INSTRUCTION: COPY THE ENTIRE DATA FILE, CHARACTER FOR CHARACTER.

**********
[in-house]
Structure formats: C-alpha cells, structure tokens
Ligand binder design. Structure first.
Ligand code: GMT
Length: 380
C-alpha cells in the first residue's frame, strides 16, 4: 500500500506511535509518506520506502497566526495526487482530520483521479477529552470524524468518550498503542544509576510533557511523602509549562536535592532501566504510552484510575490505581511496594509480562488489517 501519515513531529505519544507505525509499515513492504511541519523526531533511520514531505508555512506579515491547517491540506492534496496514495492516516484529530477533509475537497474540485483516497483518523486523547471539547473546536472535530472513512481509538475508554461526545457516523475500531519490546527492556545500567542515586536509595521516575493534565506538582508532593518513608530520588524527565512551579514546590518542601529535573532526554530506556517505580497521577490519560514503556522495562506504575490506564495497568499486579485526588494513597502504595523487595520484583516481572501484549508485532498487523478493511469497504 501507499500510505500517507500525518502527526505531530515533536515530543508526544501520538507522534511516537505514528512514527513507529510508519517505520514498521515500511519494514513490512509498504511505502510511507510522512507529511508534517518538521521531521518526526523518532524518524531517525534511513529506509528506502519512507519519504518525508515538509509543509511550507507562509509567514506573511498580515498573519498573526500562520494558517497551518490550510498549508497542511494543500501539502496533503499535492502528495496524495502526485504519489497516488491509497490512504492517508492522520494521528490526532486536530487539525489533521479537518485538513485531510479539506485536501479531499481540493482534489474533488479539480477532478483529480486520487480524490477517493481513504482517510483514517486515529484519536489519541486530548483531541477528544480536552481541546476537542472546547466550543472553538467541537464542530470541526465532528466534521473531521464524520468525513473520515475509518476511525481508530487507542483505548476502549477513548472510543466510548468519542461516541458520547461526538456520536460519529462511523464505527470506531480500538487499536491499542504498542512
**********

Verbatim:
[in-house]
Structure formats: C-alpha cells, structure tokens
Ligand binder design. Structure first.
Ligand code: GMT
Length: 380
C-alpha cells in the first residue's frame, strides 16, 4: 500500500506511535509518506520506502497566526495526487482530520483521479477529552470524524468518550498503542544509576510533557511523602509549562536535592532501566504510552484510575490505581511496594509480562488489517 501519515513531529505519544507505525509499515513492504511541519523526531533511520514531505508555512506579515491547517491540506492534496496514495492516516484529530477533509475537497474540485483516497483518523486523547471539547473546536472535530472513512481509538475508554461526545457516523475500531519490546527492556545500567542515586536509595521516575493534565506538582508532593518513608530520588524527565512551579514546590518542601529535573532526554530506556517505580497521577490519560514503556522495562506504575490506564495497568499486579485526588494513597502504595523487595520484583516481572501484549508485532498487523478493511469497504 501507499500510505500517507500525518502527526505531530515533536515530543508526544501520538507522534511516537505514528512514527513507529510508519517505520514498521515500511519494514513490512509498504511505502510511507510522512507529511508534517518538521521531521518526526523518532524518524531517525534511513529506509528506502519512507519519504518525508515538509509543509511550507507562509509567514506573511498580515498573519498573526500562520494558517497551518490550510498549508497542511494543500501539502496533503499535492502528495496524495502526485504519489497516488491509497490512504492517508492522520494521528490526532486536530487539525489533521479537518485538513485531510479539506485536501479531499481540493482534489474533488479539480477532478483529480486520487480524490477517493481513504482517510483514517486515529484519536489519541486530548483531541477528544480536552481541546476537542472546547466550543472553538467541537464542530470541526465532528466534521473531521464524520468525513473520515475509518476511525481508530487507542483505548476502549477513548472510543466510548468519542461516541458520547461526538456520536460519529462511523464505527470506531480500538487499536491499542504498542512